The Spiritual Power of Prayer
The Qur’an connects prayer, which is our duty to Allah (swt), to the moral standard and the good deeds of the believers, i.e. their duties to fellow members of society (29:45): “Recite (O Muhammad) what has been revealed to you of the Book and establish regular prayers, for prayer restraints from al-fahisha (shameful and unjust deeds); and the remembrance of Allah is, without doubt, the greatest thing in life. And Allah knows all what you do.”
Prayer has a powerful spiritual impact on the believer. It helps to purify his/her soul of evil intentions (e.g. arrogance, envy, hypocrisy, desire for revenge, etc.) and rectify his/her bad deeds.
With this in mind, let us reflect on the purpose of prayer; why do we pray? Do we pray in order to receive the promised reward from Allah (swt) or to elevate our personalities and grow in spirituality and commitment to faith? The answer is for both reasons but the second reason is probably more relevant. Prayer is not a goal in itself but rather a means to elevate the spirit and the behavior of the believer. And that is precisely what determines our fate on the Day of Judgment. Prayer reinforces our relationship with Allah (swt), but the strength of this relationship should be manifested through our relationship with others: our families, neighbors, fellow workers, etc.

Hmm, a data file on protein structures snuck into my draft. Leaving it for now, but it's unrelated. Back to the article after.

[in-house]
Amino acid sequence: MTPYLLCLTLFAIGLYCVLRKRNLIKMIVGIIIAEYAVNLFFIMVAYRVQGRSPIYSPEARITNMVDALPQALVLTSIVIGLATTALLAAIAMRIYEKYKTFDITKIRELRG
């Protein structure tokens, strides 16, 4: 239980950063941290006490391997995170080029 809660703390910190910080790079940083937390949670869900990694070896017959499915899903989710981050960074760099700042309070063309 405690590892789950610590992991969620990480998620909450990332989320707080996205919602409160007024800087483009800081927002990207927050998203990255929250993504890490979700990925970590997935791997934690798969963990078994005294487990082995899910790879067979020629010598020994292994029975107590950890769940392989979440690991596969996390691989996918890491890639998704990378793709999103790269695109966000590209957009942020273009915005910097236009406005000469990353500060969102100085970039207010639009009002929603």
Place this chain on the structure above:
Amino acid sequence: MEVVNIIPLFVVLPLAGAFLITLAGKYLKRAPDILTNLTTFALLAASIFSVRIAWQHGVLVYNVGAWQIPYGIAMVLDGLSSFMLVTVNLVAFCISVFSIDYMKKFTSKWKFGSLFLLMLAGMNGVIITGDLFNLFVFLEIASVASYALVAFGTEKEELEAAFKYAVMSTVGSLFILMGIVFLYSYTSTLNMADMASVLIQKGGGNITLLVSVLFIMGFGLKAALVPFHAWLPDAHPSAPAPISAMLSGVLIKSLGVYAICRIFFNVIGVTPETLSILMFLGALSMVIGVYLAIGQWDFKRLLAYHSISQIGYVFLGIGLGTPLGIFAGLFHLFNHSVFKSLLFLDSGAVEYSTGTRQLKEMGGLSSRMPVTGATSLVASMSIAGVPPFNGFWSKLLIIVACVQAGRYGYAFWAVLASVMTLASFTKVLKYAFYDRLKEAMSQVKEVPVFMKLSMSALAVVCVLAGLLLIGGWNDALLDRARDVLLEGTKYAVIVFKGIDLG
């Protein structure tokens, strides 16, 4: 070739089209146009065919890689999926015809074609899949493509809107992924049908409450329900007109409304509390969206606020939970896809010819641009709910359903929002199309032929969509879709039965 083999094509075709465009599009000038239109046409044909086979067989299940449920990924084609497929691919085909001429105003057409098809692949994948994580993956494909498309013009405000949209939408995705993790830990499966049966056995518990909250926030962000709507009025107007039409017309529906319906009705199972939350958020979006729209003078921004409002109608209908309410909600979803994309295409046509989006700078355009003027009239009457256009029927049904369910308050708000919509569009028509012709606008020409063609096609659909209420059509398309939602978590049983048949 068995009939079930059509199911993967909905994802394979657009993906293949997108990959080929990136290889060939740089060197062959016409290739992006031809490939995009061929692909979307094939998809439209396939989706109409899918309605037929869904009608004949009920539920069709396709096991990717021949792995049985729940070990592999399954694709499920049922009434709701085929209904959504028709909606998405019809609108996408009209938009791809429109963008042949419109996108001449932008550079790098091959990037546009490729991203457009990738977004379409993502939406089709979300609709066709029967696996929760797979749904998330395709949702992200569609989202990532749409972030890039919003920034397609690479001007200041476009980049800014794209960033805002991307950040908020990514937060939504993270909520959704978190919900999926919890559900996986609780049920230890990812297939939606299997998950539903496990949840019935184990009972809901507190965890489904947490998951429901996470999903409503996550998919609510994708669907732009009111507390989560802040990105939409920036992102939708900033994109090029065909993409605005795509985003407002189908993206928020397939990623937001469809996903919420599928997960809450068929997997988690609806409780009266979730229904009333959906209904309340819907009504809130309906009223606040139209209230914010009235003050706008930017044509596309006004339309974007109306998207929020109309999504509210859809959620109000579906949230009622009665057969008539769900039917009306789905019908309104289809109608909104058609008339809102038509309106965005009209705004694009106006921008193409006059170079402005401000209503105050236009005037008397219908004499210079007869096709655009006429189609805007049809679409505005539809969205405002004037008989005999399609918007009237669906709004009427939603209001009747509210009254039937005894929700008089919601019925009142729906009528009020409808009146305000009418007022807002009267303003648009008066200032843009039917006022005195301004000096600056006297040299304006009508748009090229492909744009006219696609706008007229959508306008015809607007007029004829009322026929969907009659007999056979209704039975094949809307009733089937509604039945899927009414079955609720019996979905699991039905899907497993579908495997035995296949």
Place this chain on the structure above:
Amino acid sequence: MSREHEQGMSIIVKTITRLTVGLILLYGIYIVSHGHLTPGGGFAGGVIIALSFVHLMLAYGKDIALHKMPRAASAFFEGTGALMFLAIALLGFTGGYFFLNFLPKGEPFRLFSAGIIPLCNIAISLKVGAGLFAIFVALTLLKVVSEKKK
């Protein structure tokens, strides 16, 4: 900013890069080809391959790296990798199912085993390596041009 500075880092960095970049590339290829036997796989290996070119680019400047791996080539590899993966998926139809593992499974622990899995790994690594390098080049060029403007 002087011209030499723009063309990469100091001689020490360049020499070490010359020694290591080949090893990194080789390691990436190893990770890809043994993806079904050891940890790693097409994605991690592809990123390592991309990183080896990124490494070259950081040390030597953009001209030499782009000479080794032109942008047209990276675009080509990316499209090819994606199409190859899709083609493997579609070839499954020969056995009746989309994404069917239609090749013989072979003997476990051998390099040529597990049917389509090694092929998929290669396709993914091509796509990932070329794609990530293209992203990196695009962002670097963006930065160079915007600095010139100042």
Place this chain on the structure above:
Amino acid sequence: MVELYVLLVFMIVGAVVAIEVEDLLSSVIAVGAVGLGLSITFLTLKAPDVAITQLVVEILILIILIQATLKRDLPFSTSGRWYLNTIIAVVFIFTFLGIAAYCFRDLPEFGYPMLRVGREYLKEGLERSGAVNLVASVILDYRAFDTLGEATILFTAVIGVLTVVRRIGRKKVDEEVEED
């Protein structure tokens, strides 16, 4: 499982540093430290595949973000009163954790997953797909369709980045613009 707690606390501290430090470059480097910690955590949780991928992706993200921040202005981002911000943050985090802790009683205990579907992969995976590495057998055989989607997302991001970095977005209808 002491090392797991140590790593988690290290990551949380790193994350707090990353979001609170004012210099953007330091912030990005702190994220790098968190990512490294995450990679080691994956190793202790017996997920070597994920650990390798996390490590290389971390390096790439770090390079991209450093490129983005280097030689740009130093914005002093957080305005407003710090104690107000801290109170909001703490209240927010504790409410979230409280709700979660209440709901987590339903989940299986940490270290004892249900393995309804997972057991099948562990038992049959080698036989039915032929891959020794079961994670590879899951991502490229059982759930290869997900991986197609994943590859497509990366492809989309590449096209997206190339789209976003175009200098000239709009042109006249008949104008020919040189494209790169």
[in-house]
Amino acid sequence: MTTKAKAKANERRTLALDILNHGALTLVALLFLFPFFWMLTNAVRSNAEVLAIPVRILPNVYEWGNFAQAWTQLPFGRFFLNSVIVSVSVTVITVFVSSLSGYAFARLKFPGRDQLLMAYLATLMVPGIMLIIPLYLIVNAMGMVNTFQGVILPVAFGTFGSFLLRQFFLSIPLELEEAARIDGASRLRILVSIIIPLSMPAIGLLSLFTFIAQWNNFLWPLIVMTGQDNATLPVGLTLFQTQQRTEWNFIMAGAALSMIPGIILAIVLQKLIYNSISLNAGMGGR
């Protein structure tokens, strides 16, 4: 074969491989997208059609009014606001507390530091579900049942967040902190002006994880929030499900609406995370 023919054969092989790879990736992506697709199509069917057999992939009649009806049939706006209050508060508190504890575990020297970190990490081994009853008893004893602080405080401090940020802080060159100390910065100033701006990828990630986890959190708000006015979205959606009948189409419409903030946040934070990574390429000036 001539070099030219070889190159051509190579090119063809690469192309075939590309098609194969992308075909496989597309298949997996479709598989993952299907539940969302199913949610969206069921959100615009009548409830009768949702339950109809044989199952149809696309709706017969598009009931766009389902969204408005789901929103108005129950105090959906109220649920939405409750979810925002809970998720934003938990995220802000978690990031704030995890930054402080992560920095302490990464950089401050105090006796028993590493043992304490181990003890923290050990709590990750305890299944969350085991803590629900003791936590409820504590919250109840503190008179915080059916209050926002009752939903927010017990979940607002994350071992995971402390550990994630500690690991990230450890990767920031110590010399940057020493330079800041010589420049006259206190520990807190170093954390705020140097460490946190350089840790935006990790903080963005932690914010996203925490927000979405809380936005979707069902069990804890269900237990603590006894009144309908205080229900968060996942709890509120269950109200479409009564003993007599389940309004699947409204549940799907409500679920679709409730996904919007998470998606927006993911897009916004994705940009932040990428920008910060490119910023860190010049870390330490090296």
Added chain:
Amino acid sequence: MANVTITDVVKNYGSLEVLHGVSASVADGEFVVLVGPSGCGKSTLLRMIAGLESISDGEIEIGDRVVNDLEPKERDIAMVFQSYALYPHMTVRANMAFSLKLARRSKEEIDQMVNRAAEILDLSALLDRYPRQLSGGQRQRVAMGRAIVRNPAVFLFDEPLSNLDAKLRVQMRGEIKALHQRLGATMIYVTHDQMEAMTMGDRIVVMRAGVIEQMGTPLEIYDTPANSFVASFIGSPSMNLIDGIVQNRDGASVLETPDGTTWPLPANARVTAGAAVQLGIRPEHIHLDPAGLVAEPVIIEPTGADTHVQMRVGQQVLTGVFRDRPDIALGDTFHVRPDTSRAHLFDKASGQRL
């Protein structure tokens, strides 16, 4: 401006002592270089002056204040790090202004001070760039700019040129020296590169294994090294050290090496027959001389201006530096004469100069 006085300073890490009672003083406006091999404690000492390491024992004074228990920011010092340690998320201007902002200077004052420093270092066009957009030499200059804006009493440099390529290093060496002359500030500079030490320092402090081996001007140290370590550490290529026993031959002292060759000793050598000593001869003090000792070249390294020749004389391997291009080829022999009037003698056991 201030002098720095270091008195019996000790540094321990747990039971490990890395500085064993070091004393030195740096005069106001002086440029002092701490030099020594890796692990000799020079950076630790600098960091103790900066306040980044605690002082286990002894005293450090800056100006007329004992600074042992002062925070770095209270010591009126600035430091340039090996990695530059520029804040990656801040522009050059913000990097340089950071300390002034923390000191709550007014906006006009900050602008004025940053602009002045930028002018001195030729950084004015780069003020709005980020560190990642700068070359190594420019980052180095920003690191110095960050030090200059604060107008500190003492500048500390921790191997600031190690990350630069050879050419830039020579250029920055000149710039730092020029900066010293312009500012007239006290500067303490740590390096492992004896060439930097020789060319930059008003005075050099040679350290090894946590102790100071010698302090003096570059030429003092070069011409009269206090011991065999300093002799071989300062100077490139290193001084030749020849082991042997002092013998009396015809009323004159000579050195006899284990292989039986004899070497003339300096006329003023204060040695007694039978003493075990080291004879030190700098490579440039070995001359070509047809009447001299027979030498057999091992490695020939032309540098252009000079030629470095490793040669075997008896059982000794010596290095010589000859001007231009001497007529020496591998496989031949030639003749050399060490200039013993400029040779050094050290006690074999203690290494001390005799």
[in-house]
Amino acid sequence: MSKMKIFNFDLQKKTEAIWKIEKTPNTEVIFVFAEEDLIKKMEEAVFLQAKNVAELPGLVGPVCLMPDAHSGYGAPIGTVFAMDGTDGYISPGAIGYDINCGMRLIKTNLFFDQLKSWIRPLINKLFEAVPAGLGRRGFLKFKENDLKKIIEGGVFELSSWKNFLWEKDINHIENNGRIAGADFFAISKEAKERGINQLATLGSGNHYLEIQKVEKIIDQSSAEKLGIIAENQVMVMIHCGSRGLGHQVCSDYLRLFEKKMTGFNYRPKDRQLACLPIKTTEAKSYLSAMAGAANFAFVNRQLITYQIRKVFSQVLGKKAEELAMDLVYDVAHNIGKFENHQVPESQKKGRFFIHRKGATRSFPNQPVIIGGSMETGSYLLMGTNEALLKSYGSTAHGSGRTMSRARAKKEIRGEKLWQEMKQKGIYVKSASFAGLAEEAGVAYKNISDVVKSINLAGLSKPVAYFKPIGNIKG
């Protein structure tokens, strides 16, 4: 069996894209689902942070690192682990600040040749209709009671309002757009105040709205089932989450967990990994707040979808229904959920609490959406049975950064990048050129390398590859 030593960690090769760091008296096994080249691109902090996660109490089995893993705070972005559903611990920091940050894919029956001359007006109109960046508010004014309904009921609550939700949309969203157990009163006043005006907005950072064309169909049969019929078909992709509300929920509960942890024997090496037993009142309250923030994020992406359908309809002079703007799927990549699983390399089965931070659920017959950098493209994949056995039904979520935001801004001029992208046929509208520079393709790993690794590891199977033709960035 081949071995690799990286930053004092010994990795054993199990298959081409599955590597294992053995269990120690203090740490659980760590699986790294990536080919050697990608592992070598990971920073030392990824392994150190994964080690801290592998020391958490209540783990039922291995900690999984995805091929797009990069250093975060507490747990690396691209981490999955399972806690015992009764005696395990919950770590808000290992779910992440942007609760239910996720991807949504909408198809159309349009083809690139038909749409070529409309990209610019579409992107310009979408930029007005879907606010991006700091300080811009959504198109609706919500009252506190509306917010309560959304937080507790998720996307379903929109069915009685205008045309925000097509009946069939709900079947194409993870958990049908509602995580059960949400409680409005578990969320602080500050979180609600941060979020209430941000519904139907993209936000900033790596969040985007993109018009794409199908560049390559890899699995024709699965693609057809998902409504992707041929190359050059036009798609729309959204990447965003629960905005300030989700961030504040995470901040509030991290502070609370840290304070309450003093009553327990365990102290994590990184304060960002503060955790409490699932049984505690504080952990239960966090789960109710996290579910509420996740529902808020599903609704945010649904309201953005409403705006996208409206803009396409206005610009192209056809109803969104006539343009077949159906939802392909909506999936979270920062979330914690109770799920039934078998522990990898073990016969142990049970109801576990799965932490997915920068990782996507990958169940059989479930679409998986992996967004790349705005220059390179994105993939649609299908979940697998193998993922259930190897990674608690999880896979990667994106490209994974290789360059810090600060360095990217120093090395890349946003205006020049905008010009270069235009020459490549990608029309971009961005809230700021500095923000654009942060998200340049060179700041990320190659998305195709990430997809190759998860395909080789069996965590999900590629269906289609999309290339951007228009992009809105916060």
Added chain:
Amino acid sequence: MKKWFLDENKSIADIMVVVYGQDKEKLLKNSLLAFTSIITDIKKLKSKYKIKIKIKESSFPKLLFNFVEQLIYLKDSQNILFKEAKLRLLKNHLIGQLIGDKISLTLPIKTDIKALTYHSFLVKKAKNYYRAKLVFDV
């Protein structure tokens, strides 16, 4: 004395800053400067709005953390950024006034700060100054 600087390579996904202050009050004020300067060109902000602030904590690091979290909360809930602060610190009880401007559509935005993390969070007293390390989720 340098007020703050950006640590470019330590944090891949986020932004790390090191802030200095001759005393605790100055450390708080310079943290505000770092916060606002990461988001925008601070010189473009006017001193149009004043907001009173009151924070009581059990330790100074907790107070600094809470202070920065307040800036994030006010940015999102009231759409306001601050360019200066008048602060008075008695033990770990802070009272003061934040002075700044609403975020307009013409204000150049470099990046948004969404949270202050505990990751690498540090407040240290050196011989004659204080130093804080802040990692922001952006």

So the spiritual power of the prayer, not just the mechanics of it, should be emphasized. This power was articulated beautifully in a conversation that took place between an eight year old girl and her father who is an author and a Muslim convert. Dr. Jeffery Lang relates this account in his book “Even Angles Asks”. As the story goes, the girl posed an innocent question to her father: “dad, why do we pray?” The father did not have a ready answer, so he told her what most Muslim parents would tell their children in this situation, which is that we pray because God wants us to – and because God rewards us when we do it.